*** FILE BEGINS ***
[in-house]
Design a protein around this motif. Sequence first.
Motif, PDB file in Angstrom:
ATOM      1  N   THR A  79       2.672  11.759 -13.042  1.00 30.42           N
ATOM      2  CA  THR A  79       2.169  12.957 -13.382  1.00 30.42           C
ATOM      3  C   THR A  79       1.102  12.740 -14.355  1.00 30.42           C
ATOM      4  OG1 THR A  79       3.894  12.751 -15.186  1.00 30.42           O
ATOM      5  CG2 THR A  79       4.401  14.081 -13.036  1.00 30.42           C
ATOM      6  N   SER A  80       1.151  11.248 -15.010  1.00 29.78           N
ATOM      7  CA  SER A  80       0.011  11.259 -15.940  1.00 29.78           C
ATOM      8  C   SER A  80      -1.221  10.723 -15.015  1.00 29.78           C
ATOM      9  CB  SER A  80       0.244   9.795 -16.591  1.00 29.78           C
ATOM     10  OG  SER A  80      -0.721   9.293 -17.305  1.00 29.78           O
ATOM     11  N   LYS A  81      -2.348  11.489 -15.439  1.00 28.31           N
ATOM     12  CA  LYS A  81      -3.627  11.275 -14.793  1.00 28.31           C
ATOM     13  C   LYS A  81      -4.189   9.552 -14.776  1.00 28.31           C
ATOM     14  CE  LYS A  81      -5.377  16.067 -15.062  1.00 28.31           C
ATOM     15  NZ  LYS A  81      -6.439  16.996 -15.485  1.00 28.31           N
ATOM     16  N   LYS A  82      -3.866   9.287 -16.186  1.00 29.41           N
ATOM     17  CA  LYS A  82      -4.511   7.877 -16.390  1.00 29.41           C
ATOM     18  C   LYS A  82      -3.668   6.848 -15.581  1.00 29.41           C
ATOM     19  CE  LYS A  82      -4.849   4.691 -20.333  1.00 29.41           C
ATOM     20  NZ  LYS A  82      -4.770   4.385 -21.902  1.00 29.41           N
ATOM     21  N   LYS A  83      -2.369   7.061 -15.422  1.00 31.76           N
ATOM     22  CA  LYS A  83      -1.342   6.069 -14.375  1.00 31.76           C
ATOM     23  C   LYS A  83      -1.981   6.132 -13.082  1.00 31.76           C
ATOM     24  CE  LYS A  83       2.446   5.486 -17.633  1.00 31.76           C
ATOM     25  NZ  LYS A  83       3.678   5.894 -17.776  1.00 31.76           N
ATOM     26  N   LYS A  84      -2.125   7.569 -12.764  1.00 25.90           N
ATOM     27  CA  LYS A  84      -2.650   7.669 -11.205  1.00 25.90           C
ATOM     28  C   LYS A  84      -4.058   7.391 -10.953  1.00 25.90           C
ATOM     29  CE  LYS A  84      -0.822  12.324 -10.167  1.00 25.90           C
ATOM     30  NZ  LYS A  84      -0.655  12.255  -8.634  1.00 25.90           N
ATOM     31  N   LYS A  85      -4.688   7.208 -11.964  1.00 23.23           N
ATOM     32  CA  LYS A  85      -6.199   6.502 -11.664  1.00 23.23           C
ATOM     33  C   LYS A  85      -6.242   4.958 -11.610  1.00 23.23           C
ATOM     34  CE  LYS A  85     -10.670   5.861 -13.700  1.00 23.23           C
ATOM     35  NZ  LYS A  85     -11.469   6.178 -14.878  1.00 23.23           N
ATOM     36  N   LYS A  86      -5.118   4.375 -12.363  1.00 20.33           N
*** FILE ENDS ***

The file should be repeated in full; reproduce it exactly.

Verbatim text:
[in-house]
Design a protein around this motif. Sequence first.
Motif, PDB file in Angstrom:
ATOM      1  N   THR A  79       2.672  11.759 -13.042  1.00 30.42           N
ATOM      2  CA  THR A  79       2.169  12.957 -13.382  1.00 30.42           C
ATOM      3  C   THR A  79       1.102  12.740 -14.355  1.00 30.42           C
ATOM      4  OG1 THR A  79       3.894  12.751 -15.186  1.00 30.42           O
ATOM      5  CG2 THR A  79       4.401  14.081 -13.036  1.00 30.42           C
ATOM      6  N   SER A  80       1.151  11.248 -15.010  1.00 29.78           N
ATOM      7  CA  SER A  80       0.011  11.259 -15.940  1.00 29.78           C
ATOM      8  C   SER A  80      -1.221  10.723 -15.015  1.00 29.78           C
ATOM      9  CB  SER A  80       0.244   9.795 -16.591  1.00 29.78           C
ATOM     10  OG  SER A  80      -0.721   9.293 -17.305  1.00 29.78           O
ATOM     11  N   LYS A  81      -2.348  11.489 -15.439  1.00 28.31           N
ATOM     12  CA  LYS A  81      -3.627  11.275 -14.793  1.00 28.31           C
ATOM     13  C   LYS A  81      -4.189   9.552 -14.776  1.00 28.31           C
ATOM     14  CE  LYS A  81      -5.377  16.067 -15.062  1.00 28.31           C
ATOM     15  NZ  LYS A  81      -6.439  16.996 -15.485  1.00 28.31           N
ATOM     16  N   LYS A  82      -3.866   9.287 -16.186  1.00 29.41           N
ATOM     17  CA  LYS A  82      -4.511   7.877 -16.390  1.00 29.41           C
ATOM     18  C   LYS A  82      -3.668   6.848 -15.581  1.00 29.41           C
ATOM     19  CE  LYS A  82      -4.849   4.691 -20.333  1.00 29.41           C
ATOM     20  NZ  LYS A  82      -4.770   4.385 -21.902  1.00 29.41           N
ATOM     21  N   LYS A  83      -2.369   7.061 -15.422  1.00 31.76           N
ATOM     22  CA  LYS A  83      -1.342   6.069 -14.375  1.00 31.76           C
ATOM     23  C   LYS A  83      -1.981   6.132 -13.082  1.00 31.76           C
ATOM     24  CE  LYS A  83       2.446   5.486 -17.633  1.00 31.76           C
ATOM     25  NZ  LYS A  83       3.678   5.894 -17.776  1.00 31.76           N
ATOM     26  N   LYS A  84      -2.125   7.569 -12.764  1.00 25.90           N
ATOM     27  CA  LYS A  84      -2.650   7.669 -11.205  1.00 25.90           C
ATOM     28  C   LYS A  84      -4.058   7.391 -10.953  1.00 25.90           C
ATOM     29  CE  LYS A  84      -0.822  12.324 -10.167  1.00 25.90           C
ATOM     30  NZ  LYS A  84      -0.655  12.255  -8.634  1.00 25.90           N
ATOM     31  N   LYS A  85      -4.688   7.208 -11.964  1.00 23.23           N
ATOM     32  CA  LYS A  85      -6.199   6.502 -11.664  1.00 23.23           C
ATOM     33  C   LYS A  85      -6.242   4.958 -11.610  1.00 23.23           C
ATOM     34  CE  LYS A  85     -10.670   5.861 -13.700  1.00 23.23           C
ATOM     35  NZ  LYS A  85     -11.469   6.178 -14.878  1.00 23.23           N
ATOM     36  N   LYS A  86      -5.118   4.375 -12.363  1.00 20.33           N